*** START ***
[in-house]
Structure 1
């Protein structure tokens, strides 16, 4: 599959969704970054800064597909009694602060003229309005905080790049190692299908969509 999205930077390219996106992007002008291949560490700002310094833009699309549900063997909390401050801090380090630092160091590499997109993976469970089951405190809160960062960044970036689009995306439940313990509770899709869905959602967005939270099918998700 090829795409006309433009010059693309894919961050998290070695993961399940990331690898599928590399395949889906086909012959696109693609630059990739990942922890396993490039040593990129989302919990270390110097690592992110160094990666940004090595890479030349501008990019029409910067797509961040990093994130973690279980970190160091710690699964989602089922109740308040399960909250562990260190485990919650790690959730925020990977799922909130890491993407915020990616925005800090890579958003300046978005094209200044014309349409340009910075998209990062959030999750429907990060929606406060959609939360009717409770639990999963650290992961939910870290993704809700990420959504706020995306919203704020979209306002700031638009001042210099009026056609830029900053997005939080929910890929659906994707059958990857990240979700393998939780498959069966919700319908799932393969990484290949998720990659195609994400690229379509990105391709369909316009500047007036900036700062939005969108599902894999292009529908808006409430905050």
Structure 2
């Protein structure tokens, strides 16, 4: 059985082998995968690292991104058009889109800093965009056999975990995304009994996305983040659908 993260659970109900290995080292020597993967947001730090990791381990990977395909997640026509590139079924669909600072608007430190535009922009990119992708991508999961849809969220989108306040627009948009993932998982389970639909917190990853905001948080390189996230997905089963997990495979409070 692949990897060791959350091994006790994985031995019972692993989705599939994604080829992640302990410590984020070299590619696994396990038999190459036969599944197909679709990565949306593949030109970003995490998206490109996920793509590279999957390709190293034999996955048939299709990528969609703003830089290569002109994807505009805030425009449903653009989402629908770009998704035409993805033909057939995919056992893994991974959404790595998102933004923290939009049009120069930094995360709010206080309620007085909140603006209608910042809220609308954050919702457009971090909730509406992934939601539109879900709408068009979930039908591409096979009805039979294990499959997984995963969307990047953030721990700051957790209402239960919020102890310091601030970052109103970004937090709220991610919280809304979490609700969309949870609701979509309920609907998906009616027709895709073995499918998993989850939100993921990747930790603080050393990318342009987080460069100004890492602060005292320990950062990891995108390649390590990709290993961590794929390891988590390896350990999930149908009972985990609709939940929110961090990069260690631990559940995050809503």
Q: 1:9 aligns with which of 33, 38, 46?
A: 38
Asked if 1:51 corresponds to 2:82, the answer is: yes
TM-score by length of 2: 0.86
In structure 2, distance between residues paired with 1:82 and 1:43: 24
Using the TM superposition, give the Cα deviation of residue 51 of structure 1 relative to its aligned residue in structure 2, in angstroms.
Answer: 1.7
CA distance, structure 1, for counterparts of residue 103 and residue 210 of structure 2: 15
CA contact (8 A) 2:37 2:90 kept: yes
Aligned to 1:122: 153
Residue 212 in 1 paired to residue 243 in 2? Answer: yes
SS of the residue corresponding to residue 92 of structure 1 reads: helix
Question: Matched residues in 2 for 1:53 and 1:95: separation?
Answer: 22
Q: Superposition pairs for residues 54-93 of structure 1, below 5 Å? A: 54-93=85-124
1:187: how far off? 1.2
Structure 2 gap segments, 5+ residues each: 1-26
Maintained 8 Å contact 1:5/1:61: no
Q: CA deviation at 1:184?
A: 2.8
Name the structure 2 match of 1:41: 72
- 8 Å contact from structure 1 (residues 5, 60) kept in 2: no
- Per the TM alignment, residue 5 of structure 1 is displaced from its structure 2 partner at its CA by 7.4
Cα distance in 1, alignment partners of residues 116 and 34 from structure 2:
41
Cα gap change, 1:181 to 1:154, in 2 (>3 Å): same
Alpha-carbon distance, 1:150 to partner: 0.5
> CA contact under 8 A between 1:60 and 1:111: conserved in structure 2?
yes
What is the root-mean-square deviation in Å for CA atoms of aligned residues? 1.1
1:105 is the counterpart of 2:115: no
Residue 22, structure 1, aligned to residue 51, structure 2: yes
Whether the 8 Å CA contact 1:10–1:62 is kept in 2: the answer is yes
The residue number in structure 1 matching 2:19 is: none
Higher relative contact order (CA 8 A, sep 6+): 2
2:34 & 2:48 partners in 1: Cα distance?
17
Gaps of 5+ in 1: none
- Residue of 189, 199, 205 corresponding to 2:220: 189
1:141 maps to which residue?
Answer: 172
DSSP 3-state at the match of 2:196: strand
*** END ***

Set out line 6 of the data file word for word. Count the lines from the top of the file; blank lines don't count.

Q: 1:9 aligns with which of 33, 38, 46?